In my own experience, and as I have already noted in the forum on other threads, I developed a wonderful relationship with Phil Wood's customer service rep when my '98 Phil Wood FSC hub proved to be defective (pawl engagement issues) early on, as was the first replacement and even the second one which was relegated to a back-up wheelset in 2002 as it never sounded 100% correct. Thankfully, if you don't cut Phil Wood waterproof grease with Tenacious oil when you apply it to your pawls the entire assembly becomes whisper quiet (problem solved). Interestingly enough, my '02 Phil Wood FSC front hub was defective and the rear hub was similar to my 3rd '98 rear hub in that it always had a lobing sound to the freewheel, indicative of everything not being quite concentric. Again, a coating of viscous grease silenced the pulsing ratchets & pawls. Both sets of my Phil Wood FSC hubs always receive(d) monthly service as a hedge against any future problems and that, quite frankly, is something I'd recommend to anyone with PW hubs: it takes 5 minutes. Thankfully, the PW bottom bracket in my Erickson single bike is doing just fine; however, it's a fair weather bike that doesn't get a lot of use. Moreover, as I've already said, despite my own issues with PW's products the support I have received along the way has been outstanding so I've once again rolled the dice and purchased two obscenely expensive bottom brackets from them that are installed on our tandem.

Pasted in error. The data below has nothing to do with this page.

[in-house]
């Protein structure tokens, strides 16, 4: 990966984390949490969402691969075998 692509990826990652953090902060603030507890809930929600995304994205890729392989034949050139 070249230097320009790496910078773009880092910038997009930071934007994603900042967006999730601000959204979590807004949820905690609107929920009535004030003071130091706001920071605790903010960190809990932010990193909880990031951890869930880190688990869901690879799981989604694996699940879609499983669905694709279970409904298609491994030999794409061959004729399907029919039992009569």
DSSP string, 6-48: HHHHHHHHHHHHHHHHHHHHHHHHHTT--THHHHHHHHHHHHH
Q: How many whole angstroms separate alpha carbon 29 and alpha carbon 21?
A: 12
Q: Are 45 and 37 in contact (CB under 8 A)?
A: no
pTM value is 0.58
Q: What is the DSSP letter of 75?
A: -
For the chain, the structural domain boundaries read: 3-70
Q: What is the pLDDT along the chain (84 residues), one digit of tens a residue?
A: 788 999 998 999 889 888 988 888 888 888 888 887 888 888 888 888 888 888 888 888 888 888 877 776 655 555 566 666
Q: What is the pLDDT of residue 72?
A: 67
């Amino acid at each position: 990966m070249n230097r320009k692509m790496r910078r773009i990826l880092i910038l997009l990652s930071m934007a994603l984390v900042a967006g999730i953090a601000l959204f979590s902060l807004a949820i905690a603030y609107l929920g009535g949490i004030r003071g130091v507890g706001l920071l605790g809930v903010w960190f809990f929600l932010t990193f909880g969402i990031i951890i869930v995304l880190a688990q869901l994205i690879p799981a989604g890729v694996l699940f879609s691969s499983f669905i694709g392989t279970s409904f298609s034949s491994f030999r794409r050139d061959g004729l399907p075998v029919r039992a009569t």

Now, as for other's experiences with PW components, we recently saw one of our own list members hub guts where the ratchet ring and pawls came apart. I have also been at rallies when at least four other Phil Wood rear hubs on road tandems have gone lame for similar reasons. The most recent was at the Tennessee Tandem Rally two years ago when a pawl failed and ruined the engagement ring on a not-so-old / not-heavily used Co-Motion Cappuccino. Again, outstanding support from PW in getting the hub/wheel fixed, and thankfully others loaned a rear wheel to the rally goer so that their several hundred mile journey to Tennessee from Michigan was not for naught. As I've also mentioned, one of my own builders would only reluctantly put PW hubs on his tandems as his own experiences and those of several customers who spec'd PW hubs have been unsatisfactory: his initials are G.E. so feel free to stop by his home-based shop in Seattle to chat with him if you'd like. In the off-road arena, PW hubs are the least reliable and invariably seem to fail when pressed into any serious technical off-road use. The most recent example that I saw four weeks ago when picking up the 36h wheelset for our tandem failed so dramatically that the rear hub shell split in three places. If you'd like, I'll take some photos of that hub and any other PW's sitting in the hub cemetery and post them to this thread when I next pay a visit to my friend's home shop. There are other accounts that I'm aware of; however, since they were second hand /hearsay I'll leave those be.